Client-Side GraphQL with React, v2

GraphQL Query with fetch

Scott Moss

Scott Moss

Superfilter AI
Client-Side GraphQL with React, v2

Check out a free preview of the full Client-Side GraphQL with React, v2 course

The "GraphQL Query with fetch" Lesson is part of the full, Client-Side GraphQL with React, v2 course featured in this preview video. Here's what you'd learn in this lesson:

Scott discusses using fetch to send a GraphQL query as a POST request, with the query stringified and included in the body of the request. When using GraphQL, all responses have a 200 status code and errors are indicated in the "errors" field of the response data. He highlights the importance of checking the payload of the response to determine if there were any errors, as browsers and clients may not automatically recognize and display GraphQL errors.


Transcript from the "GraphQL Query with fetch" Lesson

>> Scott Moss: So basically, there's a couple of things you kinda already talked so much about a lot of stuff, but I'm just gonna go into the stuff that I didn't talk about. Which are just, okay, we kinda know what a query looks like. We talked about how GraphQL is different than rest, but how do you use it?

Can we use modern fetching libraries like window.fetch? If you still use things like Axios or things like that, can we use that to do GraphQL? What are we actually sending up to the server? What does that actually look like? Yeah, that's what we're gonna talk about. So like I said, everything's a post, it always has been.

And what you're basically sending up to the server is something that looks like this, right? So here's an example of me using fetch to do a GraphQL query. I have my URL, my query is literally just a string. My query does not have a name, so it's like an anonymous query.

Here's the query I wanna do, it's a user query. Here are all the fields I wanna use there. And, as you can see, I'm just doing a post request, and I'm just stringifying that query on the body as the field called query, and that's it, that's a GraphQL request.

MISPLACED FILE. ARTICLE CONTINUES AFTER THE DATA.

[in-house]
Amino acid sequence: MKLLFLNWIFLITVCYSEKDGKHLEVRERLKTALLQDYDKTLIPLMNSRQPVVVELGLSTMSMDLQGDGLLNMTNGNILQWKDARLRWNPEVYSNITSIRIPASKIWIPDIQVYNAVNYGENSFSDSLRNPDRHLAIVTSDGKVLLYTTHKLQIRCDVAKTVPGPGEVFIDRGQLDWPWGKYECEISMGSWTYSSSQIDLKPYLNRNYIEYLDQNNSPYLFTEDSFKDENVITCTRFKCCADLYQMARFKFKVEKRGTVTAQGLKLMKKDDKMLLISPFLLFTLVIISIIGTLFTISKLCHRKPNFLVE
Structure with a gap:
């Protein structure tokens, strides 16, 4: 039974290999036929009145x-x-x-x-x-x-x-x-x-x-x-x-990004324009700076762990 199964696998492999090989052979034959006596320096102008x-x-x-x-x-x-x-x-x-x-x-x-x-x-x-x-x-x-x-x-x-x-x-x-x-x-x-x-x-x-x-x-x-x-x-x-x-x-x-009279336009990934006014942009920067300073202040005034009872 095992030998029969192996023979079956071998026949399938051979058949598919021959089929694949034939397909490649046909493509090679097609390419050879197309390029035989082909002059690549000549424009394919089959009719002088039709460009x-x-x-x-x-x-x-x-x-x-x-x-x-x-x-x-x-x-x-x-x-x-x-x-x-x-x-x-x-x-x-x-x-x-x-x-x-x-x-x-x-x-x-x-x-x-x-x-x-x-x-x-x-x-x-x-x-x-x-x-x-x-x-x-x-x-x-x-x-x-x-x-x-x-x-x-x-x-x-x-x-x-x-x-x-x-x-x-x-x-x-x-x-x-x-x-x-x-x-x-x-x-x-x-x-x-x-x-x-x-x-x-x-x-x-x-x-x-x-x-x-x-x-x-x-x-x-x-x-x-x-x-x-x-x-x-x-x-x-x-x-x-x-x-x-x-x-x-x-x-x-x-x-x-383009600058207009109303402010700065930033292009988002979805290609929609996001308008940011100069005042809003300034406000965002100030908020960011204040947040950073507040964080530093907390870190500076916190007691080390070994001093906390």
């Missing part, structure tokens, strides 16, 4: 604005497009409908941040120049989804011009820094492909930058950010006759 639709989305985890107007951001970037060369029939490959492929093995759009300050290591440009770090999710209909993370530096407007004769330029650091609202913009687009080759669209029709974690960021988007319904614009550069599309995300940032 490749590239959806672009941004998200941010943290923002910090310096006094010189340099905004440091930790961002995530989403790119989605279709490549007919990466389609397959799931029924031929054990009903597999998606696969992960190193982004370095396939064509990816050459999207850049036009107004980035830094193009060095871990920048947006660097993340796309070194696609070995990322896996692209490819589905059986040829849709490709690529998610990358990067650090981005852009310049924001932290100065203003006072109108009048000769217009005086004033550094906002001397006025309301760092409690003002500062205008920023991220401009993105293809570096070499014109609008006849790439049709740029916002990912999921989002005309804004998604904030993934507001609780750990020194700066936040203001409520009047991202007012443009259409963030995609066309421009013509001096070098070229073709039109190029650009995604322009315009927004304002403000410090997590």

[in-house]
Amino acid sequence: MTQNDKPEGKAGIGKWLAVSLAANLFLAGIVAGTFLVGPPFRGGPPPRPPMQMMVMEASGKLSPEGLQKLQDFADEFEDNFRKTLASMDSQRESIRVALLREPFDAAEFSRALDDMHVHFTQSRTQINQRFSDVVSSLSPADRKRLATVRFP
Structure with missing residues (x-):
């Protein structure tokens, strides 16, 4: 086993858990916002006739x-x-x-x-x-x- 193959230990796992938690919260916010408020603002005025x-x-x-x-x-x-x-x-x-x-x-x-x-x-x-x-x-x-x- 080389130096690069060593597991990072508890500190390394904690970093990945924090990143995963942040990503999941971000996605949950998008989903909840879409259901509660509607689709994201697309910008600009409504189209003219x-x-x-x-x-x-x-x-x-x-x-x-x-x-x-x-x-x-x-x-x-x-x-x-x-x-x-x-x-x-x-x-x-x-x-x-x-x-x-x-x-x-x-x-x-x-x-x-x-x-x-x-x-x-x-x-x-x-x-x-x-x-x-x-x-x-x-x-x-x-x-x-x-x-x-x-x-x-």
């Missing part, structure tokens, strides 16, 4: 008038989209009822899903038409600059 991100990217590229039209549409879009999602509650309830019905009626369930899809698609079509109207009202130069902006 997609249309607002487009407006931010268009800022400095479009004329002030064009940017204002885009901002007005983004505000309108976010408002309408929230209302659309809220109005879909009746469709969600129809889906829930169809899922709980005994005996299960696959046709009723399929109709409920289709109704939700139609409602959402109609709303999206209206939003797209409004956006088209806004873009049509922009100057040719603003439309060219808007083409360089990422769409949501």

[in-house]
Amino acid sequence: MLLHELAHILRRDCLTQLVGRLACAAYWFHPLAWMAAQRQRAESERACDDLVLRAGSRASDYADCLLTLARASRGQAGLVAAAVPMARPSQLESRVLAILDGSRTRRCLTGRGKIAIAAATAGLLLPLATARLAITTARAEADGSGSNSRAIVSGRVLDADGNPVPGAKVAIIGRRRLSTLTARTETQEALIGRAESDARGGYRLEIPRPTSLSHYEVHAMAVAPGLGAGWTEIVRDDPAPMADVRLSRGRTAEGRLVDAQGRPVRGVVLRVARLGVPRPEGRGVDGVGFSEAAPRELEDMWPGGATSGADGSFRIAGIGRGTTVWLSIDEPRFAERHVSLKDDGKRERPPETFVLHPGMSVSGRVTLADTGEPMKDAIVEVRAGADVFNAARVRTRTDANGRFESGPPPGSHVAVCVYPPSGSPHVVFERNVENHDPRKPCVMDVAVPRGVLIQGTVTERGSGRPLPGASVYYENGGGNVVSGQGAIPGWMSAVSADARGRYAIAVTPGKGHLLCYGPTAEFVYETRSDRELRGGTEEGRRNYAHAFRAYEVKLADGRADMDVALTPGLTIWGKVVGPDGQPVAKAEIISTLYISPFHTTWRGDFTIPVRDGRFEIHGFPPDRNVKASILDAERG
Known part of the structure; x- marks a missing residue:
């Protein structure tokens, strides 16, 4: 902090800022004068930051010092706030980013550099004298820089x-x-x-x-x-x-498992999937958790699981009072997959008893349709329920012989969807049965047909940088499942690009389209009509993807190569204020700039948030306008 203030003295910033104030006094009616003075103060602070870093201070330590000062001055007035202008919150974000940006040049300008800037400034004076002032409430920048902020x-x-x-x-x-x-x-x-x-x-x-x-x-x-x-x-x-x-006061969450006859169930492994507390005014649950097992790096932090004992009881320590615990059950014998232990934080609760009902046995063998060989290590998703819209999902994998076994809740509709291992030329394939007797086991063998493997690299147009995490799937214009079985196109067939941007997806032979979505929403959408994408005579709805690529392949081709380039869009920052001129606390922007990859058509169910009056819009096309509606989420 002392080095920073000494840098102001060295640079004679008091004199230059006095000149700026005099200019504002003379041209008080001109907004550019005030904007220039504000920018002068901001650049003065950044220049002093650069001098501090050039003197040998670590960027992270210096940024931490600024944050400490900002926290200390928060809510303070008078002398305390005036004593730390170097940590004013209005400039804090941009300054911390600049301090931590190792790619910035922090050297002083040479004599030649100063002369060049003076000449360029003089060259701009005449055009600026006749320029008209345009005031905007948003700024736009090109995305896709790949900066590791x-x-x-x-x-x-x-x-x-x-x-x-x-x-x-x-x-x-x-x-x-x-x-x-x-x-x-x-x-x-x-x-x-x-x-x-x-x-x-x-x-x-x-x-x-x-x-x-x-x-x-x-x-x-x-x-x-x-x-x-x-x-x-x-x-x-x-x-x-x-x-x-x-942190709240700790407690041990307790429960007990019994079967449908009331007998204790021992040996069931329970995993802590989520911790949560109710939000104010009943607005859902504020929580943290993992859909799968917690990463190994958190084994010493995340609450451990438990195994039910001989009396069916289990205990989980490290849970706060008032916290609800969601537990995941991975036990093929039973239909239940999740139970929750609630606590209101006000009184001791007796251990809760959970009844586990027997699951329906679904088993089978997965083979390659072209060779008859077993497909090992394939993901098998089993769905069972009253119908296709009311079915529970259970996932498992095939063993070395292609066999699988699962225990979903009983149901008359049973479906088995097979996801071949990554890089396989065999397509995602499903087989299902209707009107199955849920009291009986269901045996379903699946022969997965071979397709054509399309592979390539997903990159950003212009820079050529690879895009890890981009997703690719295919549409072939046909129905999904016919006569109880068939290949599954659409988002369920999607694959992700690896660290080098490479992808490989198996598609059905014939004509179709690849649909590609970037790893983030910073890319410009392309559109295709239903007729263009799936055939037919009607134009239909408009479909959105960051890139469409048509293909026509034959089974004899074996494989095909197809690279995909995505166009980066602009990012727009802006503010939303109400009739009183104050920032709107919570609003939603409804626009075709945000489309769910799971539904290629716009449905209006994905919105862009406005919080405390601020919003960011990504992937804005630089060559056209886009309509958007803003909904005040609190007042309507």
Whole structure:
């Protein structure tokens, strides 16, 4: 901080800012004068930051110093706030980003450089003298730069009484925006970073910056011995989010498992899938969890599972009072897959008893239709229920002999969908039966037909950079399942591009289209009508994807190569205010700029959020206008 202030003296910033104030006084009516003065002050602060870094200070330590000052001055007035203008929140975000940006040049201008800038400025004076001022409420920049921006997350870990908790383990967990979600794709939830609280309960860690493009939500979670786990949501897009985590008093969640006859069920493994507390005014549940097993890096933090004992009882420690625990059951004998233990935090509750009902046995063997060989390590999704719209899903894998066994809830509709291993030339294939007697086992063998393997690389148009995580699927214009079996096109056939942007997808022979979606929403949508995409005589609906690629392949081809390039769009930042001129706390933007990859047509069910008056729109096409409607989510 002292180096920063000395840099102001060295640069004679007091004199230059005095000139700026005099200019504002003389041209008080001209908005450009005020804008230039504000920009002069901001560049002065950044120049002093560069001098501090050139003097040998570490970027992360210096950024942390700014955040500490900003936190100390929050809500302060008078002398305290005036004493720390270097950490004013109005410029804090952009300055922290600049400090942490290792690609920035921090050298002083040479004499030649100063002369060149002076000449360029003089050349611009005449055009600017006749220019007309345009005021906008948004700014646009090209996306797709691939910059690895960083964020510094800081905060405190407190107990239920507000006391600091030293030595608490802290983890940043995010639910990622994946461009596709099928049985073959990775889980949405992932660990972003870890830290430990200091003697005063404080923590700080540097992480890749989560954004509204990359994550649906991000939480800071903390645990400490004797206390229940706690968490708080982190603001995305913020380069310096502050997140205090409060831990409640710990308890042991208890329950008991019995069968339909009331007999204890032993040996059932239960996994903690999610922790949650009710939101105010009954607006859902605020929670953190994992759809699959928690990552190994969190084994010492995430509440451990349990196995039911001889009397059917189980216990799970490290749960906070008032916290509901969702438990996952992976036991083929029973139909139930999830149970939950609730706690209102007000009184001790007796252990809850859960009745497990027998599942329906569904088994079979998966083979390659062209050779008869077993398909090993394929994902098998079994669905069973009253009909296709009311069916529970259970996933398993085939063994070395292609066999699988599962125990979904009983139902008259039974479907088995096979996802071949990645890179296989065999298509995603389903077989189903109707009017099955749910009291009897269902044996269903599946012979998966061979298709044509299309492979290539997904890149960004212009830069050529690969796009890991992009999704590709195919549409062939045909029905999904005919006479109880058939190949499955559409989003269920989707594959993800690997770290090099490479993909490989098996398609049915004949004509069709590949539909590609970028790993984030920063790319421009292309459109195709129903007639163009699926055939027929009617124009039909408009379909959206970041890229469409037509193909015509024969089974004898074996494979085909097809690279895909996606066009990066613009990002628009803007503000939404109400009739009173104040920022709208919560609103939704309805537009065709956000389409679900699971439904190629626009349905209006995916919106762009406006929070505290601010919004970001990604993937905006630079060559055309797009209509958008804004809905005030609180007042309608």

You don't need anything special to actually send GraphQL requests to a GraphQL server, you already know tools is just fetch and you just put your query inside of a string. Now we're not gonna do that, [LAUGH] but this is how you could do it, it's very simple. We're gonna use some tooling on a front end to make it a lot better and simpler and easier for us.

But as you can see, it's really not that special. So the one thing I did wanna talk about is, I said that everything is a post request. But the other thing is that everything is also a 200 status code, even errors, well it doesn't care about status codes.

In reality status codes are really for machines really if a browser sees a status code to show a specific error. But if you're passing an error, if you wanna indicate some error happened from the back end to the front end, you're probably gonna send some specific message with a code or something anyway.

So GraphQL just takes that to another level. So everything's a 200, even if you threw an error or even if some error happened. But what you can do is GraphQL has different fields on it in which you can put certain things. So the result of your query is always gonna be in the data field.

If there's an error, there's gonna be an array called errors that have all the error messages, but it's always gonna be a 200. So take that as a grain of salt, all the logic that you've ever written checking for status codes over 300 is pointless now. GraphQL is always gonna be a 200, it's always gonna be a post request, but now you're gonna be checking the payload of the data to see if there was an error.

Like, hey, is there a result.errors on here or is there a You're gonna be looking at that to determine what the error was. And then on the backend, you can send back whatever you want for the error. There are different standards and things that you can pick up or create yourself, but you can just send back whatever JSON you want.

And that's how you determine what an error is. So obviously, the downsides of that is that you're no longer gonna get a red error message in Chrome. When you actually get an error on the server, it'll be like, post 200, everything's good. So you're gonna be debugging, you're like, man, I don't know why this isn't showing up on the screen.

It got a 200 everything looks good. Well actually go look at the result of that payload, it's a 200, but, it actually says errors inside of it. So that's something to keep in mind is that like, browsers and clients won't respond, to it, because it doesn't know that it has an error, because the status quo is always 200.

Unless you are using a GraphQL specific client that knows to look at error pillowed on that result and then would show something, so I thing that is confusing a lot of people in the past, me included. So, important to know.

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